There are many reasons to set up a trust. Some people put assets and property into a trust so their family members can skip the headache of probate. Others hope to protect their assets from creditors. Setting up the right trust for you will depend on your circumstance and what goals you have with your property and assets.
Broadly speaking, there are two major types of trusts. These trusts are revocable and irrevocable in nature. The key difference between the two trusts is that a revocable trust (also called a living trust) may be altered. But irrevocable trusts are “irrevocable” because no one can change them—not even the person who created them.
Three reasons for an irrevocable trust
Why might it be beneficial to have a trust no one can change? You may want to do this for several reasons. For instance:
- You may want your property protected from creditors– There are a few irrevocable trust types that protect assets. Technically, the creator of the trust will no longer own the property that is under it. This removes the right for any creditor to obtain it.
- You may want to set up a gift that avoids tax implications – As a beneficiary inherits property through a trust, they inherit property that held no value. So, estate tax may not be enforced.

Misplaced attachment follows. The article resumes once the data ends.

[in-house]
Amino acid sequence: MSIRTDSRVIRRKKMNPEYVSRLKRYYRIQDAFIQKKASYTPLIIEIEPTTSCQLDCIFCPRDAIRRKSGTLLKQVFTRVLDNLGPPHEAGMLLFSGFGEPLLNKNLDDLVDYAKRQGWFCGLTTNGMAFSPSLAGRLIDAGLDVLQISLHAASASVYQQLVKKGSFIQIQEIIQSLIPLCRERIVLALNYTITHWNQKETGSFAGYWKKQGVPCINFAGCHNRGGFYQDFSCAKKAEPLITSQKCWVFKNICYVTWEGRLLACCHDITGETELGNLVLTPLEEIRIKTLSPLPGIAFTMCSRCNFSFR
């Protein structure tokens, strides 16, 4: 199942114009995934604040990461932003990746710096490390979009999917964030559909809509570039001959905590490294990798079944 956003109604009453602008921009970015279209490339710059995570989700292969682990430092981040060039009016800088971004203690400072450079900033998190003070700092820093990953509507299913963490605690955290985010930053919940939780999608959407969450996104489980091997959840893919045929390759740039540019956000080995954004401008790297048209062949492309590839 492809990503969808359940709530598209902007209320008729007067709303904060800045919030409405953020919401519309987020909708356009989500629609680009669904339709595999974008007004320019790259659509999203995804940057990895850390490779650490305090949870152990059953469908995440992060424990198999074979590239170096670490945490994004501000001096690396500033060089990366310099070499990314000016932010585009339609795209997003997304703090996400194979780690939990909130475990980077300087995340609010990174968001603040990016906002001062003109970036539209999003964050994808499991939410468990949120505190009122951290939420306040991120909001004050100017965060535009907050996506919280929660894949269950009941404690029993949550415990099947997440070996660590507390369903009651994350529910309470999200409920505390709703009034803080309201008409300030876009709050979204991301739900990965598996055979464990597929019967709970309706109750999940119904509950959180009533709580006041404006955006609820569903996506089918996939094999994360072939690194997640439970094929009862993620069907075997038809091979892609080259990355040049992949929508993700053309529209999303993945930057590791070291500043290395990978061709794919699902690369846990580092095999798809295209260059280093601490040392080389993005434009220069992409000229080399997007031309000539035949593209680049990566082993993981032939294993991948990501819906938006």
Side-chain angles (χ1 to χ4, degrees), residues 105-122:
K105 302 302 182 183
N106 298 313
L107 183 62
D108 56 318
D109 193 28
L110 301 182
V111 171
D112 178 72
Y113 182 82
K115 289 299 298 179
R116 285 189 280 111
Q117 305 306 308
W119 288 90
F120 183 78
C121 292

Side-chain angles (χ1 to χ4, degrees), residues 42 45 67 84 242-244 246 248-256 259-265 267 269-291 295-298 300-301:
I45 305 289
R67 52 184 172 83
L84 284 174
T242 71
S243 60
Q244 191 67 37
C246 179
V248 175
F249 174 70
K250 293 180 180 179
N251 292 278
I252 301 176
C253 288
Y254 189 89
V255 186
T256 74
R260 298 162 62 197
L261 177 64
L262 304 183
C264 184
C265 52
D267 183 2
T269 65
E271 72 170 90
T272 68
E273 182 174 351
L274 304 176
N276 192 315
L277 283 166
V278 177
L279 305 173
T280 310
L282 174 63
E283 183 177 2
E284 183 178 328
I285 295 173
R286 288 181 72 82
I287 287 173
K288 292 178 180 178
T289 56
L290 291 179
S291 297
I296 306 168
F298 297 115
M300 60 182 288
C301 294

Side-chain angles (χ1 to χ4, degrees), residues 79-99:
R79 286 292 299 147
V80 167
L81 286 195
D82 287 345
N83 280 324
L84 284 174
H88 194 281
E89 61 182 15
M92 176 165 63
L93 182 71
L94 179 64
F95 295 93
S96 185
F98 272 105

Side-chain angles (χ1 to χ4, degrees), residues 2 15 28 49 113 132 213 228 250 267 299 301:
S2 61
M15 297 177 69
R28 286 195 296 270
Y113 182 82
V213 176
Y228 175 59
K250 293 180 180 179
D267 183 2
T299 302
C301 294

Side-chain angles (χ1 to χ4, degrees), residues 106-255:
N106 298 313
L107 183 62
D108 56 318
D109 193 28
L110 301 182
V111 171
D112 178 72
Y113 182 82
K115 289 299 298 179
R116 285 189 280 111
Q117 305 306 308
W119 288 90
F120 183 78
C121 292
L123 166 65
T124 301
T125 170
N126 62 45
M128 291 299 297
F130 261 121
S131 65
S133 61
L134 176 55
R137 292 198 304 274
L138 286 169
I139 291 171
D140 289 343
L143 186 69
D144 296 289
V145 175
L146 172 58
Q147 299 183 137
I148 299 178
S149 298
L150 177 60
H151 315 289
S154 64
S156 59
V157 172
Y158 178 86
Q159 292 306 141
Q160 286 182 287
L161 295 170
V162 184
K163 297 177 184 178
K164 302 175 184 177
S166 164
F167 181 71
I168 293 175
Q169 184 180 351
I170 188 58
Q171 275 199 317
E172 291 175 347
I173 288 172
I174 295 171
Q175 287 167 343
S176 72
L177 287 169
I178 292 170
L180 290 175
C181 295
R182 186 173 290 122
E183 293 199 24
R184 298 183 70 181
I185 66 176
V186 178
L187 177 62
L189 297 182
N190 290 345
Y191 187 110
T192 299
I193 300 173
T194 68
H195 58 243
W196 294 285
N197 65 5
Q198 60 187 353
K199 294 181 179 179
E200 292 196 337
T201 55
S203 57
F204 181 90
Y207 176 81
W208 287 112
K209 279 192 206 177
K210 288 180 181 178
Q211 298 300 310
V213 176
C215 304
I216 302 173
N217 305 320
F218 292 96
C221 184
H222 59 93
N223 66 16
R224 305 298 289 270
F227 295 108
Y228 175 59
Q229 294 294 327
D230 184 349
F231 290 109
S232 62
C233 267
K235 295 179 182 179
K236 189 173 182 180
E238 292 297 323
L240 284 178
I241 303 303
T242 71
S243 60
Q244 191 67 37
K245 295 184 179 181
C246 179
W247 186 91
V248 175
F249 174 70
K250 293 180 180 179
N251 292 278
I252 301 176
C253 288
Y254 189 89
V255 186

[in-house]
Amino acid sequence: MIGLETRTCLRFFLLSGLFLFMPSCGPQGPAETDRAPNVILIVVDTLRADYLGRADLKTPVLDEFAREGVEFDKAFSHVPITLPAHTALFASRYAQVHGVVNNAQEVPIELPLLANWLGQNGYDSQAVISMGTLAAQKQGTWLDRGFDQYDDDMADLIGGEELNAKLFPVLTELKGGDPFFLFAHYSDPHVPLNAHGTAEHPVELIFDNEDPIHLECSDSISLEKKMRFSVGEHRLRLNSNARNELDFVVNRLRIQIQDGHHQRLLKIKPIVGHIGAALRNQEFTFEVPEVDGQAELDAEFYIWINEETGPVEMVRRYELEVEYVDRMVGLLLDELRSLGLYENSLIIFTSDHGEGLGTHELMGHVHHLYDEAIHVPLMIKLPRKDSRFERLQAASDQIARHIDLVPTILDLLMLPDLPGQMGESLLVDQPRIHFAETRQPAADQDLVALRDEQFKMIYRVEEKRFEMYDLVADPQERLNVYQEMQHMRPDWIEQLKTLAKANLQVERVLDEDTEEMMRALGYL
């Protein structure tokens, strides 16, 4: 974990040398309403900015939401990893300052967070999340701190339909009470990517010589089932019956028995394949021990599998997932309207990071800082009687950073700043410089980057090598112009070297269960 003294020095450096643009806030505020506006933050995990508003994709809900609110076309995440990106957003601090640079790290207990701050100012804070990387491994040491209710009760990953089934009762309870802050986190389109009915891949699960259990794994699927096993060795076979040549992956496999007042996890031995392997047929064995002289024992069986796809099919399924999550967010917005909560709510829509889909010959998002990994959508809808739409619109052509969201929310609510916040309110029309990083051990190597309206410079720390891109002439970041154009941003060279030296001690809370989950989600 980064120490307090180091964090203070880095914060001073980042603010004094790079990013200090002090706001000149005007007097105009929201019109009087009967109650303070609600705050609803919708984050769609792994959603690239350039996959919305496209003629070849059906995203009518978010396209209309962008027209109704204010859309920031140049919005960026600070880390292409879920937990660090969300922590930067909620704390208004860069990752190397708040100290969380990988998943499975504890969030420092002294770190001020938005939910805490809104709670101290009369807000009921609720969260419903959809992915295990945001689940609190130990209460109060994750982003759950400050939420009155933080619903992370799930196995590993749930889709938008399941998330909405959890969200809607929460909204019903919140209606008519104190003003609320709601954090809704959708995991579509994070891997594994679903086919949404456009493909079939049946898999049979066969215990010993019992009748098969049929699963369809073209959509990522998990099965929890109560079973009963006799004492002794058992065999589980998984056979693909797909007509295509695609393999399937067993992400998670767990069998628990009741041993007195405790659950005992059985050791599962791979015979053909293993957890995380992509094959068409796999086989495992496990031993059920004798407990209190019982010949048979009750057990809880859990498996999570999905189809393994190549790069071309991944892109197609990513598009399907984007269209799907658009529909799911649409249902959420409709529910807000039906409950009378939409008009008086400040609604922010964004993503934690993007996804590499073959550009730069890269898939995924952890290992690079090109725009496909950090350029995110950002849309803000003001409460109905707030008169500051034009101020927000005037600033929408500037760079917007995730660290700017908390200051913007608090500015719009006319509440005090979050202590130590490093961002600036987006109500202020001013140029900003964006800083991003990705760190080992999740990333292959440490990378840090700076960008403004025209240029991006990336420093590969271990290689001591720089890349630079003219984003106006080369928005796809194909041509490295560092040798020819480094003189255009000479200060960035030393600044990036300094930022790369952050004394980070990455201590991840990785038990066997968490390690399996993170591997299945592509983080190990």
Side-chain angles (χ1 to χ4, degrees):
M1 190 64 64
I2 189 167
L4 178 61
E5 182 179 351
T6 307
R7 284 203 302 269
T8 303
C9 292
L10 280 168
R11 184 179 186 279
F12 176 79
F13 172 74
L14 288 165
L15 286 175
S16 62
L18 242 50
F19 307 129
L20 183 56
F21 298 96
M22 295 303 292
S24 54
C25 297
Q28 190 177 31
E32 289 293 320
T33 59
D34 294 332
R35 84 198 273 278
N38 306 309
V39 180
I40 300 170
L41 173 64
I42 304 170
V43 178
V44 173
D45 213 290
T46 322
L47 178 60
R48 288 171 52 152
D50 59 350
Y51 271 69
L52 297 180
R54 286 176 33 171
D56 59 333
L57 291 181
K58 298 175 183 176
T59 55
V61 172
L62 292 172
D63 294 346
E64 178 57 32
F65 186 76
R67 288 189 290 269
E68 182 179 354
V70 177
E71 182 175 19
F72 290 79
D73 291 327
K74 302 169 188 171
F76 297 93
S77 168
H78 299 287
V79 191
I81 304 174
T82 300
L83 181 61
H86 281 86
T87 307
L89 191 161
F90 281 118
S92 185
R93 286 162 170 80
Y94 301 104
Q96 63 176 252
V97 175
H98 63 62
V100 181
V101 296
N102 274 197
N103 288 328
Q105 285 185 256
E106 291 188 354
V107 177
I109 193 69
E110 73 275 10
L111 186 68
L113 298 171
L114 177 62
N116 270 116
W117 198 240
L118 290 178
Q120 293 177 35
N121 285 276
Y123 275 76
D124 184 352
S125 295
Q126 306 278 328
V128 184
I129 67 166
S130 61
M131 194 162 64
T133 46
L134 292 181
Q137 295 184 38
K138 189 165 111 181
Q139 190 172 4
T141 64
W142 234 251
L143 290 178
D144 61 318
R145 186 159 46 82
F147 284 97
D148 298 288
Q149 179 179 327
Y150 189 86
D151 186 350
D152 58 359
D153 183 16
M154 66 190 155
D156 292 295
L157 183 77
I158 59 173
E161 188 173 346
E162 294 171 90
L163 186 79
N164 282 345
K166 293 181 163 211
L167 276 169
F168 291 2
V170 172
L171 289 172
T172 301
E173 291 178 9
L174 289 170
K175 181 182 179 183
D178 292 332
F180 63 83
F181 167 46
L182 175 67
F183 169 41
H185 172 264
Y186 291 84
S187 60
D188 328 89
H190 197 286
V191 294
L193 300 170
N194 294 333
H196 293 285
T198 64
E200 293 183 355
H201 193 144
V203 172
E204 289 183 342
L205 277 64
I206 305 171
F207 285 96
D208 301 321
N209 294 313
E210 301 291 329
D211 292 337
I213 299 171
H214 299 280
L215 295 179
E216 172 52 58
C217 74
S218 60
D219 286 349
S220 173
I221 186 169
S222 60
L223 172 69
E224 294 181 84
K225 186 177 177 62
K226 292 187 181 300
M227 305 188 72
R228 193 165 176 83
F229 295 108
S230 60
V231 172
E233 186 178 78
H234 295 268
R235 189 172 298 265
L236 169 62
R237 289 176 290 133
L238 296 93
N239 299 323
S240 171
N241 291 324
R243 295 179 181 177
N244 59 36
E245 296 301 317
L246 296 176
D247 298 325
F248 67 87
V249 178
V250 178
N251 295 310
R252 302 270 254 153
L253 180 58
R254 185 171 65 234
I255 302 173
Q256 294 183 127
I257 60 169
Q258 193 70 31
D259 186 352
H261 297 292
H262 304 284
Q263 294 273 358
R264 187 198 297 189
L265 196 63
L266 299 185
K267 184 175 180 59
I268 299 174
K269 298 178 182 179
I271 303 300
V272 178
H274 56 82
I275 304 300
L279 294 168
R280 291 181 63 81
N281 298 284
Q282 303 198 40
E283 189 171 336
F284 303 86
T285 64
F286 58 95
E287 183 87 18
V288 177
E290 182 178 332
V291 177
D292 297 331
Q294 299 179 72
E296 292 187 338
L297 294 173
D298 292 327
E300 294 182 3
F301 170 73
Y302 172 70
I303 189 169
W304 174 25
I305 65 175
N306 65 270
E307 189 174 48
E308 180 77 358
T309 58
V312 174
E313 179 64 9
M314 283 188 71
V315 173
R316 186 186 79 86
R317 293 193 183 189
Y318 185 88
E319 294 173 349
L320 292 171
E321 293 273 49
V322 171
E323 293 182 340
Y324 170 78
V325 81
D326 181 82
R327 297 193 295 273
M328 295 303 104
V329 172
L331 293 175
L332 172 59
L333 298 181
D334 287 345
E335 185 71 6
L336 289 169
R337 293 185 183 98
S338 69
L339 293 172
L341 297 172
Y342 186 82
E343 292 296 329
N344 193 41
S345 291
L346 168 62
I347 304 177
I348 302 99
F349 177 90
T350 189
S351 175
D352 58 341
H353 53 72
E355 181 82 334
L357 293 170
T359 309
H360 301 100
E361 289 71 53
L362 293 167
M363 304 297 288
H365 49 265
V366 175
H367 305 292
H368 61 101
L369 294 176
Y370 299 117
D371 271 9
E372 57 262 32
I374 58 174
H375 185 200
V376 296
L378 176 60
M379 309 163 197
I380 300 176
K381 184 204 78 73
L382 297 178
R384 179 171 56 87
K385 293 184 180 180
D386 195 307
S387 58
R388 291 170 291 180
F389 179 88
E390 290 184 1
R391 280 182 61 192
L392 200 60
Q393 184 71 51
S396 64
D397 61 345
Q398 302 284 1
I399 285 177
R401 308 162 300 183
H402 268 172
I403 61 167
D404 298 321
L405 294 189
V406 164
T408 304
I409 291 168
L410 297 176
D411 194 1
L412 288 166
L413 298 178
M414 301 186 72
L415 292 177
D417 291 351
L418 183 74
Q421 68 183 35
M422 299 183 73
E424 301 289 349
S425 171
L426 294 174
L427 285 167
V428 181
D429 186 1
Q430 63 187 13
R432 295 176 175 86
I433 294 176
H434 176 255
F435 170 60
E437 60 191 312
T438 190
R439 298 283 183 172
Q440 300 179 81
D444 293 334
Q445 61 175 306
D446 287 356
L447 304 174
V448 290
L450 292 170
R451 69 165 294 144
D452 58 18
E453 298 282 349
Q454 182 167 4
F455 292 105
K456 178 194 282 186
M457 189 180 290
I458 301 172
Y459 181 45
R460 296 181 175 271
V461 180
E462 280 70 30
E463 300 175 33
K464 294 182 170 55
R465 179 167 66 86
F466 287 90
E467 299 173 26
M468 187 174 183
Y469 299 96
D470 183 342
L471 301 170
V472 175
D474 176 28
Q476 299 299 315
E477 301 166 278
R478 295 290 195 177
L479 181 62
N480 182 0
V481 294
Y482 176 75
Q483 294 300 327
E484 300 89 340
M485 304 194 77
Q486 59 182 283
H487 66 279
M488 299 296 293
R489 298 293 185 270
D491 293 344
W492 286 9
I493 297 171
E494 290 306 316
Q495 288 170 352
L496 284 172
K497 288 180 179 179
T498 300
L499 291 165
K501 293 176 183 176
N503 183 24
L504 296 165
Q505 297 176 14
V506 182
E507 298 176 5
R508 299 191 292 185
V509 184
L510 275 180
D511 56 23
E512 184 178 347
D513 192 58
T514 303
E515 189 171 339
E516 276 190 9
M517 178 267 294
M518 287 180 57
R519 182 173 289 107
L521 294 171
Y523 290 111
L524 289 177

- You may want to set up a charitable trust – Like other irrevocable trusts, charitable trusts receive protection. This ensures that the assets distribute to the grantor’s desired charity organization.
Reasons for a revocable trust
While it cannot help you protect your assets the way an irrevocable trust can, revocable trusts still come with benefits:
- You will avoid the probate process – California probate can be quite expensive, making it worth it for grantors to pay the legal fees necessary to set up a trust. Probate is also a public procedure. High-asset probate cases may not receive the privacy the heirs desire when probate comes.
- Revocable trusts are changeable – Perhaps the foremost reason to set up revocable trust is that you may update it throughout your life. For example, you may find yourself in a situation where you no longer trust the original beneficiary and you want to make a change.
Whichever trust type is right for you will depend on what you want for the future of your property. Both irrevocable and revocable trusts give you control, but they each function quite differently.